We didn’t have anything like that. French participation was the key to possibly winning the war. Oh, and we promised to pay the war debt back to France. Lucky for us, they had their own Revolution, so when they asked for the money, we said “What money?”
Just as we considered ourselves English, albeit living abroad in a colony rather than in England, British soldiers and commanders were not eager to slaughter people they considered Englishmen. They didn’t pursue the war with the deadly determination they might have. If they had, who knows?
Did we win because the British were inept and couldn’t beat an untrained ragtag rabble army? That’s our story and we’re sticking to it.
I side with those who think the British found it distasteful to shoot people with whom, a short time before, they had been friends and with whom they hoped to be friends again. And of course, many British soldiers had family in “the colonies” and vice-versa. It was a painful fight, similar to a civil war.
Many British citizens sympathized with the colonists including a big percentage of troops. Sympathy ran high even in the upper echelons of the British government. Many important people in England were none too happy with King George. They did as they were ordered but without enthusiasm.
No one in the British government — or high up in the army — believed the colonies had any chance of winning. They were convinced we’d work it out by negotiations. Eventually. Many felt the fewer people killed in the interim, the lower would be the level of hard feelings afterward.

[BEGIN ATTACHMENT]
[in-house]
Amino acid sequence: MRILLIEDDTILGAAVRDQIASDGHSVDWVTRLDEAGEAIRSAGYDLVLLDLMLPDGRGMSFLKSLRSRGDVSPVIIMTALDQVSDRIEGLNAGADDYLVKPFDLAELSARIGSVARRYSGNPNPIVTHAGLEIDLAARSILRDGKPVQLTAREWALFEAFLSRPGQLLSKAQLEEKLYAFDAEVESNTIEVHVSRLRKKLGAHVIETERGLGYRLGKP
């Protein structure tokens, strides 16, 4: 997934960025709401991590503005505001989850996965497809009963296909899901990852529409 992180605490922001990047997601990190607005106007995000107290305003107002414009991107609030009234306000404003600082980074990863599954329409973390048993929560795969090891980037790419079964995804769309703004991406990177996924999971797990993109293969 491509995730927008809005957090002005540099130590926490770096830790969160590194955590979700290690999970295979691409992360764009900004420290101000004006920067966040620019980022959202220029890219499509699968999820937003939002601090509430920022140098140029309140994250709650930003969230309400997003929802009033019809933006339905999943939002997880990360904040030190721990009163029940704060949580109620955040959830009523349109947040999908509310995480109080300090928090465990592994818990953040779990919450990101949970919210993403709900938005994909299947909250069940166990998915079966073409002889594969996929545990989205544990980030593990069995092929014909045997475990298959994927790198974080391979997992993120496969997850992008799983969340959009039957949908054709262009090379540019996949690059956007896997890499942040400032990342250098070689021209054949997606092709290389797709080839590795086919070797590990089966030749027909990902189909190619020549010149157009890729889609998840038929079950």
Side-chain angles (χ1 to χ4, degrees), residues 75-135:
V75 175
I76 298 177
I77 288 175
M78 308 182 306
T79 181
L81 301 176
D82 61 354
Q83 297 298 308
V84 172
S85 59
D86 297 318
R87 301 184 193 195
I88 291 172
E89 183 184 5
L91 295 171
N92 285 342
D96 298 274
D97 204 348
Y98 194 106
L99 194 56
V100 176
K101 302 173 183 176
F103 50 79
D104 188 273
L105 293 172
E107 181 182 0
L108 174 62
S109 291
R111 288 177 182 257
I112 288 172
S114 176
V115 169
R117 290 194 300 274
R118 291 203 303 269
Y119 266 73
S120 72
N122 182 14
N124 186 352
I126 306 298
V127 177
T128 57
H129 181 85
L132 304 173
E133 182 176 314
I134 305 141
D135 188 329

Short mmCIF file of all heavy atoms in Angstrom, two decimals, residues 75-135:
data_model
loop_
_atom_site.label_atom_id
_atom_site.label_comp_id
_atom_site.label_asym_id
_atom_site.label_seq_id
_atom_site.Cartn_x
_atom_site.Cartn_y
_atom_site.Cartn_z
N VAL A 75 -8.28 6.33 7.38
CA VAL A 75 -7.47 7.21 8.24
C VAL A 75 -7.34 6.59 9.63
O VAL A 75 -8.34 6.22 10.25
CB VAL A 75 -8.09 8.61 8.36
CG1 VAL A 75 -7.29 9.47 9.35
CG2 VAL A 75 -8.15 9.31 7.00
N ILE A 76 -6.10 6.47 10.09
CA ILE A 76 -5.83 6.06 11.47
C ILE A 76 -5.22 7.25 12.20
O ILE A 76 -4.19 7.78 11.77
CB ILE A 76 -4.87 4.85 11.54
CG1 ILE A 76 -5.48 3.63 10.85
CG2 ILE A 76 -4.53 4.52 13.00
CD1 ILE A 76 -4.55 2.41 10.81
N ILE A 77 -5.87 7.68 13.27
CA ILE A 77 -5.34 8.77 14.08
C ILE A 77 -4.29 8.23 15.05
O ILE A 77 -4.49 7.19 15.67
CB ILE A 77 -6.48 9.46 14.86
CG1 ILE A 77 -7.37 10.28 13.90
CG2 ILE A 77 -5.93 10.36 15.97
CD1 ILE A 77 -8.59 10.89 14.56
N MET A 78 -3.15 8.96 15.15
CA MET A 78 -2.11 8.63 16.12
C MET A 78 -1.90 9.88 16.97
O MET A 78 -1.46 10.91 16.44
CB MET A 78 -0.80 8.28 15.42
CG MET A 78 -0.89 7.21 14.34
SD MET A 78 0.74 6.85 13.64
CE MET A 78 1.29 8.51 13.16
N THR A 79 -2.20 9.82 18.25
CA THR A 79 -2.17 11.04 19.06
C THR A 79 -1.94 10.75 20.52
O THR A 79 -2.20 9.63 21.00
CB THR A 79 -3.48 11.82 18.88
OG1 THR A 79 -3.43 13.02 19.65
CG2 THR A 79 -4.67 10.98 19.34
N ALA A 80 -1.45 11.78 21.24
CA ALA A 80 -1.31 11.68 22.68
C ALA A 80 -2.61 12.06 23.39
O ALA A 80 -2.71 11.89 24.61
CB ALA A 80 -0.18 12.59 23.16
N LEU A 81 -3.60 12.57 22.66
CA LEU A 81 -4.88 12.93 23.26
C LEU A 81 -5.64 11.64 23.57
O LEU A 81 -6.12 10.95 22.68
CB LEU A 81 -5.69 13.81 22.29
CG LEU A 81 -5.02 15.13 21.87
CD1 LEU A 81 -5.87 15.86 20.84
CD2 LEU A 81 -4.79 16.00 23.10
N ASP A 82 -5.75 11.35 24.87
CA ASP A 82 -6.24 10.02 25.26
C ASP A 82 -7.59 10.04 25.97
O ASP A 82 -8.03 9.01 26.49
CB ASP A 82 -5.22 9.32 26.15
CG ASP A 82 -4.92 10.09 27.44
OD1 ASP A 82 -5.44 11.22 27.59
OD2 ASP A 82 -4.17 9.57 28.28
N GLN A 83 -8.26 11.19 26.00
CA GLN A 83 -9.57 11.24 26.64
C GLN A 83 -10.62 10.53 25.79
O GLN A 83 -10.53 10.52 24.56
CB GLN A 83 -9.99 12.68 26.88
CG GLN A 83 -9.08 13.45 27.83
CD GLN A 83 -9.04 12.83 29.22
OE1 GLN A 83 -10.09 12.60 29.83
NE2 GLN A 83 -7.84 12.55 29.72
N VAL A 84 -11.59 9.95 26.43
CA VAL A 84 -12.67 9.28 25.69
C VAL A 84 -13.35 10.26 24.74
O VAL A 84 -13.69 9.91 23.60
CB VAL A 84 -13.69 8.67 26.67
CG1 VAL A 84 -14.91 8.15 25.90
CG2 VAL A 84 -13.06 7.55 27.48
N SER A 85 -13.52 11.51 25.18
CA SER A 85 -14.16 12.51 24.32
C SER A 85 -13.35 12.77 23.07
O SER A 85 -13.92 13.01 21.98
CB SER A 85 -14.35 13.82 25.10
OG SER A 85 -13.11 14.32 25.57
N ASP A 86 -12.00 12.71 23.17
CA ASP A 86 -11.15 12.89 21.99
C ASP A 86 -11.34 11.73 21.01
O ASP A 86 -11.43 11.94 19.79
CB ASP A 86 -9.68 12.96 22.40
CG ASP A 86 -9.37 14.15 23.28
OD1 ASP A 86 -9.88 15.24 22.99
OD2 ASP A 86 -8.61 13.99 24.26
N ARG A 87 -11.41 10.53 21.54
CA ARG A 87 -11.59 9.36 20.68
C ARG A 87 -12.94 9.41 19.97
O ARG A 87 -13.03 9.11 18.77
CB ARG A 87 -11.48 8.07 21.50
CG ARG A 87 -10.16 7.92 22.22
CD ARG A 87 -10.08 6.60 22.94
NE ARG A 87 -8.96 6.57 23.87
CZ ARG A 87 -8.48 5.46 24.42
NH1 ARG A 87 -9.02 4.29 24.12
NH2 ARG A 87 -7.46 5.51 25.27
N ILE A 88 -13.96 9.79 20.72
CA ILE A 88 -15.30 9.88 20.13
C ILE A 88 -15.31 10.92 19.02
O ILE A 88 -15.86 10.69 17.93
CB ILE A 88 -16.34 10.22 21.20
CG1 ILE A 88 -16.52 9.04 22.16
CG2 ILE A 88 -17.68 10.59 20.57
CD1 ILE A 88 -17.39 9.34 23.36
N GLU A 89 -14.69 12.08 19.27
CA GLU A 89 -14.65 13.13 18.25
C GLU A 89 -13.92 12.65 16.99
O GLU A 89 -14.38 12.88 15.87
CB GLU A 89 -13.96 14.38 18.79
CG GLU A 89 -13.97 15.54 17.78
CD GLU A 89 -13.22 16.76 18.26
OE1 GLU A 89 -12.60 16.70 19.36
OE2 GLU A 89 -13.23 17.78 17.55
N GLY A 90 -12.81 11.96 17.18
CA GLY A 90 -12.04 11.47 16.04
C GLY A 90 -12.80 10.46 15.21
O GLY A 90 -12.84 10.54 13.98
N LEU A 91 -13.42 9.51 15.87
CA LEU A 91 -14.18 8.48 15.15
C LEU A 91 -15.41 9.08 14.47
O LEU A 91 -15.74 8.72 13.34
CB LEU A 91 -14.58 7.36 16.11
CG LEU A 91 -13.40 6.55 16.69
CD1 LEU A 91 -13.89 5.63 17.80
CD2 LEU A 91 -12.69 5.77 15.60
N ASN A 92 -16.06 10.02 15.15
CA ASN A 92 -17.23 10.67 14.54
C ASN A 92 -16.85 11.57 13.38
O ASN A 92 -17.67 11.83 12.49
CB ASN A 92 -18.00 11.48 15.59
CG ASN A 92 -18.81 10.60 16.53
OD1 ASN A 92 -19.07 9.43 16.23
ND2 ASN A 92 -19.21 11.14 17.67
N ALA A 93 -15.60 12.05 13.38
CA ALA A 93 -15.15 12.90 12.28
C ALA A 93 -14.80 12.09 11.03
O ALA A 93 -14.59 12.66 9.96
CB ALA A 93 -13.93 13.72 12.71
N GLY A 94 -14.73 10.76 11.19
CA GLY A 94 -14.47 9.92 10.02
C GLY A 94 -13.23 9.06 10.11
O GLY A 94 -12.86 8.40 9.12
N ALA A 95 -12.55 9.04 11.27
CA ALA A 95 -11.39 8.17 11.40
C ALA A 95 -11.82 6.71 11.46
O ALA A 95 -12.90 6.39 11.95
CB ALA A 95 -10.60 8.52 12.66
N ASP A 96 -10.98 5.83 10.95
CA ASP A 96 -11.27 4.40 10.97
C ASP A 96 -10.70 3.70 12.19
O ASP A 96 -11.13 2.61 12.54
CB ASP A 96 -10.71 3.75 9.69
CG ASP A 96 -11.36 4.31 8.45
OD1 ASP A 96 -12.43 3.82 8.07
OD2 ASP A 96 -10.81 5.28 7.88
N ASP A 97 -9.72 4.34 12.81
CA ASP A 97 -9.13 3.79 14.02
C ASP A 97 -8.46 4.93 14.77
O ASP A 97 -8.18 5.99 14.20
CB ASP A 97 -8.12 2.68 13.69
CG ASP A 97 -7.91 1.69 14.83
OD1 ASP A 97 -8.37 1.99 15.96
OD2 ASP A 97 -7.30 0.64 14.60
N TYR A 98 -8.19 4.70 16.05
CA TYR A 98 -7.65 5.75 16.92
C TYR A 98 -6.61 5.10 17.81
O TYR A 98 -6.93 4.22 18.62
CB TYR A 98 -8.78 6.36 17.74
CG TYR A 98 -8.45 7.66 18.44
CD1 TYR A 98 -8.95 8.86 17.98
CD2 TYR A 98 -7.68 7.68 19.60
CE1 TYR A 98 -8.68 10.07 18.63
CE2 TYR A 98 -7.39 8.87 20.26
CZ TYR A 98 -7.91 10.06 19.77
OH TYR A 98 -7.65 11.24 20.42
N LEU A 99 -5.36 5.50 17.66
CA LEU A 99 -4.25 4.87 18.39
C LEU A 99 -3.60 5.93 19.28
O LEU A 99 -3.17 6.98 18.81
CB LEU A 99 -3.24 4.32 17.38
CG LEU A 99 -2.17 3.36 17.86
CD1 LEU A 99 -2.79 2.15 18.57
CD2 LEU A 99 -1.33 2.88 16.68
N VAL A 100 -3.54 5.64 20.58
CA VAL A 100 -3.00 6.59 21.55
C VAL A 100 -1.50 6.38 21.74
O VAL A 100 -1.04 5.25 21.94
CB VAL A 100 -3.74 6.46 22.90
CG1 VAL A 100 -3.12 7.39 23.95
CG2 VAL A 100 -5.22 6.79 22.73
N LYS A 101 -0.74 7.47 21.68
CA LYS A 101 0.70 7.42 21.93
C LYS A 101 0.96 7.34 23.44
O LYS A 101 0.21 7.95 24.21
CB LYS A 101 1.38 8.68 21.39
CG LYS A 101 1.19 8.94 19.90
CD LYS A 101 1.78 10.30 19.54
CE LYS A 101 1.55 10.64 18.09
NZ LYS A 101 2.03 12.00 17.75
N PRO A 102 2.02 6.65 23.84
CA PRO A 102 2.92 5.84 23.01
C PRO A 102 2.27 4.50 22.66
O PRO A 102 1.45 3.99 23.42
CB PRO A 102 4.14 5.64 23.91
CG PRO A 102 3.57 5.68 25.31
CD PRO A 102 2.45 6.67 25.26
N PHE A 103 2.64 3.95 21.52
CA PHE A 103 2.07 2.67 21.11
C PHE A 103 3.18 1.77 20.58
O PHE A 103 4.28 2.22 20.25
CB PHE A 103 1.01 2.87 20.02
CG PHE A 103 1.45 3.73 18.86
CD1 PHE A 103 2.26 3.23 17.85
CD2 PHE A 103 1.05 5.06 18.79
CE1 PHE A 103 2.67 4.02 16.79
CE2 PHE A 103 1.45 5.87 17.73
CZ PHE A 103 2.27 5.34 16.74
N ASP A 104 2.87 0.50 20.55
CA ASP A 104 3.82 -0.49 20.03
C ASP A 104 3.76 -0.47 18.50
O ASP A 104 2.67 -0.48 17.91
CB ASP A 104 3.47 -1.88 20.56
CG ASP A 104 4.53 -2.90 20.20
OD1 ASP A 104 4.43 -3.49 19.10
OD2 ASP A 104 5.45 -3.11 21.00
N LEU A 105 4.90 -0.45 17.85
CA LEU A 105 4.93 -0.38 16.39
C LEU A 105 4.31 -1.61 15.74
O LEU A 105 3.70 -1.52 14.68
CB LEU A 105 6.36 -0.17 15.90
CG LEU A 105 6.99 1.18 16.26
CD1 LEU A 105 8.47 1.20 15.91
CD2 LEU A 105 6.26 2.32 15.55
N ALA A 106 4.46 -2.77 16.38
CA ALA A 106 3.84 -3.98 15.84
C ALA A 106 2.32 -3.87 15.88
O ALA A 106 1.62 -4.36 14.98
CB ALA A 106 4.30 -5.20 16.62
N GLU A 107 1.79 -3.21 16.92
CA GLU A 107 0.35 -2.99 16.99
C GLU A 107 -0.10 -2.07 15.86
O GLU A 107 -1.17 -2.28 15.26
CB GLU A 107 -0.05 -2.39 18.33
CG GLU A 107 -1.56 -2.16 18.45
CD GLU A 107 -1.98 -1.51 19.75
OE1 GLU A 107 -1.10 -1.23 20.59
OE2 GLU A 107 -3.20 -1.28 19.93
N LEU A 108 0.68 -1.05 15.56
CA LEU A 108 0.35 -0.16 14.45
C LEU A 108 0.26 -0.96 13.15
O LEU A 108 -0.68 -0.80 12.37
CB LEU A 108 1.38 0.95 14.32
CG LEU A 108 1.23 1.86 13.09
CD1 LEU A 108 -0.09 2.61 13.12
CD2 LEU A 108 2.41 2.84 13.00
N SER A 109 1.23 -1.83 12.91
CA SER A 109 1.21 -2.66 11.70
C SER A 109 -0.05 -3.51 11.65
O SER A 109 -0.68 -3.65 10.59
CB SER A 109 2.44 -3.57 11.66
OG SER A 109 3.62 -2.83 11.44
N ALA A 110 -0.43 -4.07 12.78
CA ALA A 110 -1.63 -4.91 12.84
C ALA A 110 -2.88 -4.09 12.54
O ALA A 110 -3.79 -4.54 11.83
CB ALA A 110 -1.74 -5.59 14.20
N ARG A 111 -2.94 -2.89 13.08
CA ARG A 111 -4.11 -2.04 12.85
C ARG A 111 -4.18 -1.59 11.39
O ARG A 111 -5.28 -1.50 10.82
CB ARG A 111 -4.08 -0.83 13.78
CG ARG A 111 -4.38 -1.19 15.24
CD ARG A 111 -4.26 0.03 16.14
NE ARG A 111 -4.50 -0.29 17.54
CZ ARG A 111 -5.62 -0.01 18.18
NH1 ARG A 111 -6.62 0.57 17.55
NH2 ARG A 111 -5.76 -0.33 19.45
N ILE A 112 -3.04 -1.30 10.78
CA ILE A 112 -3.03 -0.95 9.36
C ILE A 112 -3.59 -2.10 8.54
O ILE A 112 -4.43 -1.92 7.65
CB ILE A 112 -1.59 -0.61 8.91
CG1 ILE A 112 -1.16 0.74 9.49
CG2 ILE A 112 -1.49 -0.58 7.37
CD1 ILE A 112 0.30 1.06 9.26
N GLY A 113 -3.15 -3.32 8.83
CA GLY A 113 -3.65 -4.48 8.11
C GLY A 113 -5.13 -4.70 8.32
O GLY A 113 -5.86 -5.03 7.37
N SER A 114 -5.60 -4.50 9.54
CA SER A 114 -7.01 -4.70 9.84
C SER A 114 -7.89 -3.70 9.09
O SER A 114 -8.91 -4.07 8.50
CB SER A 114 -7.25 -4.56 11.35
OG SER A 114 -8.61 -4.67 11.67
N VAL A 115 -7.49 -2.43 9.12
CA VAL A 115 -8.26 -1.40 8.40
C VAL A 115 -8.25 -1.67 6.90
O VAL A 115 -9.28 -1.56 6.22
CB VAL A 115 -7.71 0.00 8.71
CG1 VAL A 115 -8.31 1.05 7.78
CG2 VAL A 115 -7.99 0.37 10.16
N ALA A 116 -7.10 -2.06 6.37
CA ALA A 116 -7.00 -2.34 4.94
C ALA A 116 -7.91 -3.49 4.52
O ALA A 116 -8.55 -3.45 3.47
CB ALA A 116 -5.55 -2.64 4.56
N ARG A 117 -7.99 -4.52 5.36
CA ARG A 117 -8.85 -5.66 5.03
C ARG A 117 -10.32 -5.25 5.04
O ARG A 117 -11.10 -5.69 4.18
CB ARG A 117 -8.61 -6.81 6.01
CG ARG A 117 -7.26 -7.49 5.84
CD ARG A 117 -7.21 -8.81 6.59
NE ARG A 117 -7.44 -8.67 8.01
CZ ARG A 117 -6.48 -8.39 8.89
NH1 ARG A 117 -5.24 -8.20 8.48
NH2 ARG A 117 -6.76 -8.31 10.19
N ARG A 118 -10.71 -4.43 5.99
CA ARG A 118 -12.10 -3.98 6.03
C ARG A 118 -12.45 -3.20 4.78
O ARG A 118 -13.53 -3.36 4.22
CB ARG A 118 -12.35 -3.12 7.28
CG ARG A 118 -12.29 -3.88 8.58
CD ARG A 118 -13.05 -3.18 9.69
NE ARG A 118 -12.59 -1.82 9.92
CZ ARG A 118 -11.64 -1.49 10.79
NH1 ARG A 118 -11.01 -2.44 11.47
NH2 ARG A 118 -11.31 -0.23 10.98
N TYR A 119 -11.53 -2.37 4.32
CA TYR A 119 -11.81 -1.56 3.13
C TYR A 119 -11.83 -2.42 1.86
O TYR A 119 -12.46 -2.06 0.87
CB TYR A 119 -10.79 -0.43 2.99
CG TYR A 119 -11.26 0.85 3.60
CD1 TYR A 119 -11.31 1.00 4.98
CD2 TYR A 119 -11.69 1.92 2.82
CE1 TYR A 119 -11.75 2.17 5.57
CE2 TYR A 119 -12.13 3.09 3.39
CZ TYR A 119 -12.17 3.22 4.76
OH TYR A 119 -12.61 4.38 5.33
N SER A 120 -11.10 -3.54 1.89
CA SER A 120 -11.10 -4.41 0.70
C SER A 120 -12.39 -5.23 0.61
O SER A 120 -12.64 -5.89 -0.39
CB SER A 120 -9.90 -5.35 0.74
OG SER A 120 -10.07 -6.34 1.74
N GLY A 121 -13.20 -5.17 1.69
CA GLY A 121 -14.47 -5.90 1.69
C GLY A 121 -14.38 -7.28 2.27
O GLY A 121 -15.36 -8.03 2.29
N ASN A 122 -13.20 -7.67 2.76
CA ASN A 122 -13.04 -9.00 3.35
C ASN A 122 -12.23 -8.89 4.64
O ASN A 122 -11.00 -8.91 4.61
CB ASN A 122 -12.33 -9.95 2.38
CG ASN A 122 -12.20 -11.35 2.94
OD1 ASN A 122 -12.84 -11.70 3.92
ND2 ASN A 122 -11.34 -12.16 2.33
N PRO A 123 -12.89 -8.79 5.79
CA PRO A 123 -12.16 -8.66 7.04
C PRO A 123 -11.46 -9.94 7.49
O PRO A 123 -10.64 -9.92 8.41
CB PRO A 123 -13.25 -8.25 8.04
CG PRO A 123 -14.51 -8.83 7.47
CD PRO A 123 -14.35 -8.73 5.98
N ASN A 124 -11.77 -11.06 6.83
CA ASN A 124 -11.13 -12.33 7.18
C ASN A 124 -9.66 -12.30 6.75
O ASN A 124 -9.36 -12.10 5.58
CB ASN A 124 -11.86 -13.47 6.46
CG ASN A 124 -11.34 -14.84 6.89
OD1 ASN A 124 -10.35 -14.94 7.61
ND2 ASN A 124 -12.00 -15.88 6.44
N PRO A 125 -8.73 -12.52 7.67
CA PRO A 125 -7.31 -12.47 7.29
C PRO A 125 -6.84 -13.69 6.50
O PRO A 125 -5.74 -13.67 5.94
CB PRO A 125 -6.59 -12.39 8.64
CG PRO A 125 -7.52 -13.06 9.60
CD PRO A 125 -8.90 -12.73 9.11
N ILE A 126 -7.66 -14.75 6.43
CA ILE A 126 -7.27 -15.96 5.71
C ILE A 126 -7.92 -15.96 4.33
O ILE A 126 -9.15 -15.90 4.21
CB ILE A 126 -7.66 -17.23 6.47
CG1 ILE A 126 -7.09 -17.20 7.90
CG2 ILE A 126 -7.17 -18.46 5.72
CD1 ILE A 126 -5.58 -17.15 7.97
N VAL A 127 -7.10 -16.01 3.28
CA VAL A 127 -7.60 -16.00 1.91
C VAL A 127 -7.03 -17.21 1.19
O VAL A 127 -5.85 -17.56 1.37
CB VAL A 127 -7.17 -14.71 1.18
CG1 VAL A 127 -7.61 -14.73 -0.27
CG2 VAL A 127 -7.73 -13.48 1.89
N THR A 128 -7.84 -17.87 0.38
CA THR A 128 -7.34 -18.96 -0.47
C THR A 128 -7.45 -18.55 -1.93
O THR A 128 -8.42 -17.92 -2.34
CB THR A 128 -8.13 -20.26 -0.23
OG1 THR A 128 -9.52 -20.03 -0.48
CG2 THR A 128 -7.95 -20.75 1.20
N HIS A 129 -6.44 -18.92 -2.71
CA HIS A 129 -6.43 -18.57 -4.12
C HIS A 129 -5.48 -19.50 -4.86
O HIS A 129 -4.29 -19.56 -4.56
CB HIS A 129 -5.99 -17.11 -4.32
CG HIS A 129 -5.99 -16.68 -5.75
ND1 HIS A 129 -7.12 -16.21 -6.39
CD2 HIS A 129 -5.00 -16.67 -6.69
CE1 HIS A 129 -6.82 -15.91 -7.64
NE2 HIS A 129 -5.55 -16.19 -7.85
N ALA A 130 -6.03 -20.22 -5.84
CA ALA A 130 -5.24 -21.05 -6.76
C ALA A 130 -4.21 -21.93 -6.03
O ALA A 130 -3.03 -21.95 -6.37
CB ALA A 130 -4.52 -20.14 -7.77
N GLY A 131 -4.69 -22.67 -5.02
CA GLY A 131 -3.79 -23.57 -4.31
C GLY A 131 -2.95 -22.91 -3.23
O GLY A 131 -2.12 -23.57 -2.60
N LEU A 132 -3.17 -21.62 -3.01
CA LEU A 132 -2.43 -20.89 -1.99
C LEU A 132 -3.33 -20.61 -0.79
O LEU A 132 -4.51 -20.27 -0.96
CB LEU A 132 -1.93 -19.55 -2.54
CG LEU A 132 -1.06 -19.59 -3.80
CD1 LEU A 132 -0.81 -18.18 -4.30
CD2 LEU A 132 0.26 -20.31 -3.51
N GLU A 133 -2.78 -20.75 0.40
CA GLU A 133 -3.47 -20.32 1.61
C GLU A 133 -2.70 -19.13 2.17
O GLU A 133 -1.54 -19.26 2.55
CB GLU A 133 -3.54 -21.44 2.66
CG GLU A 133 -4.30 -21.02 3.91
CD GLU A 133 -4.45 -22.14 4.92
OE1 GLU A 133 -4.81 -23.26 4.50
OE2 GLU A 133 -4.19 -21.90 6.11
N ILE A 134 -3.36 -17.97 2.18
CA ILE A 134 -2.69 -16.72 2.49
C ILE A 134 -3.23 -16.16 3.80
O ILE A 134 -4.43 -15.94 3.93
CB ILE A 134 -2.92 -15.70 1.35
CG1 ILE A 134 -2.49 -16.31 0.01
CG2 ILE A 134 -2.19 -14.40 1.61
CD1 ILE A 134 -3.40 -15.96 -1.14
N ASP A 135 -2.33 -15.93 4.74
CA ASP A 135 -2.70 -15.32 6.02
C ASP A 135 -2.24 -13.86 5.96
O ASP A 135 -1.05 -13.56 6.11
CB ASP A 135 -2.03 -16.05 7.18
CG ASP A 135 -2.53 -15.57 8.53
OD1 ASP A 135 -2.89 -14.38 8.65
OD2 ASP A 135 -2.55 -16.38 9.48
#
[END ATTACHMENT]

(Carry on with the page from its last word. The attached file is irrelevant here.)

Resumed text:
But, there was one huge miscalculation. The British did not expect the French to show up. As soon as the French fleet arrived, a few more battles were fought and the British went home. Had they pursued the war with vigor from the start, we wouldn’t have lasted long enough for the French to get here, much less save our butts.
The mythology surrounding the American Revolution is natural. Every nation needs heroes and myths. We are no exception. Now that we have grown up, we can apply some healthy skepticism to our mythology. We can read books and learn there’s more to the story than what we learned as kids. Like, the second part of the Revolutionary War also known as “The War of 1812.” It was really the second of two acts of our Revolution — which we lost fair and square when the British burned Washington D.C.